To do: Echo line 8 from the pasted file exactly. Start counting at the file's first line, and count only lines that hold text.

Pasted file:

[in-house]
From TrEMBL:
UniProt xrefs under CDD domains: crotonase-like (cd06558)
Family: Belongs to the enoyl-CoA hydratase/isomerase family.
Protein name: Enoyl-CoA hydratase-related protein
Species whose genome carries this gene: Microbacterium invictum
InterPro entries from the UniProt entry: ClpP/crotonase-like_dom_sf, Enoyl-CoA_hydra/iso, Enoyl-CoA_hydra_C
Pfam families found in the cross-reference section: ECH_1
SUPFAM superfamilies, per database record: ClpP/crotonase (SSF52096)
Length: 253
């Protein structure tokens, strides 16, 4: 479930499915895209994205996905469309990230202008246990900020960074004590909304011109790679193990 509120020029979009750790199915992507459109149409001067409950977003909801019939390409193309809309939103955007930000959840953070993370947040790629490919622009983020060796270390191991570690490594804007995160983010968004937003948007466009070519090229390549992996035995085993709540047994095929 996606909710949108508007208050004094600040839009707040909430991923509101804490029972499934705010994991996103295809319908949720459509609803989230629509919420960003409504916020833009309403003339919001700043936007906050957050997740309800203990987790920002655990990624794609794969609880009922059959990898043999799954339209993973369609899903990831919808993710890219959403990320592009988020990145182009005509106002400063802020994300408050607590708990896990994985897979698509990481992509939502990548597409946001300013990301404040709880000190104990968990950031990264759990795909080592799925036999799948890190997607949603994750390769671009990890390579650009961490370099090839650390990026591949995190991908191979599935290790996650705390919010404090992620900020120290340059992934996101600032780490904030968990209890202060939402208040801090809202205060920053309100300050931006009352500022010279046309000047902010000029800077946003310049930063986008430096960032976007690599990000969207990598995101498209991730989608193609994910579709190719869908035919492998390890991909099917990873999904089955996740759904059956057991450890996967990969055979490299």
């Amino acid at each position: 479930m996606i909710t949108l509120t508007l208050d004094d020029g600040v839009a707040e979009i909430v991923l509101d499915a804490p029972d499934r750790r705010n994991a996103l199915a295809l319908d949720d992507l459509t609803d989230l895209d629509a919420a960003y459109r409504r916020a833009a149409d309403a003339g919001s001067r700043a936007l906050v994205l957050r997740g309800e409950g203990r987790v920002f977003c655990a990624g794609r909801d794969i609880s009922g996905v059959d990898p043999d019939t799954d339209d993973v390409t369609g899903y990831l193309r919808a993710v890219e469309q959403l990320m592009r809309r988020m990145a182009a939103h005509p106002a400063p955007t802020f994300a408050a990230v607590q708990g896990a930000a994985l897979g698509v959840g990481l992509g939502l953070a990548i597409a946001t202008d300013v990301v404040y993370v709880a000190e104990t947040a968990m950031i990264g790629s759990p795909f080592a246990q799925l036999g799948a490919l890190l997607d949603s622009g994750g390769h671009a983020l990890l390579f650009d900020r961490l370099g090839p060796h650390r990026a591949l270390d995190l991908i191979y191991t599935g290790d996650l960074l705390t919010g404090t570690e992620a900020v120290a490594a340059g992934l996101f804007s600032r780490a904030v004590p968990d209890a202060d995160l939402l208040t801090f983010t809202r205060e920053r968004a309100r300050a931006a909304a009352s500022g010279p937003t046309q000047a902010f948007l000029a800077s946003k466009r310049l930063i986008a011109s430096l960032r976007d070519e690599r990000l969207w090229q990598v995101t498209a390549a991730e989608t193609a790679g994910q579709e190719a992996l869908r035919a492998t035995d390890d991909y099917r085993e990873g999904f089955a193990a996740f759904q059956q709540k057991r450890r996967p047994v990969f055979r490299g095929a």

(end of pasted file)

Pfam families found in the cross-reference section: ECH_1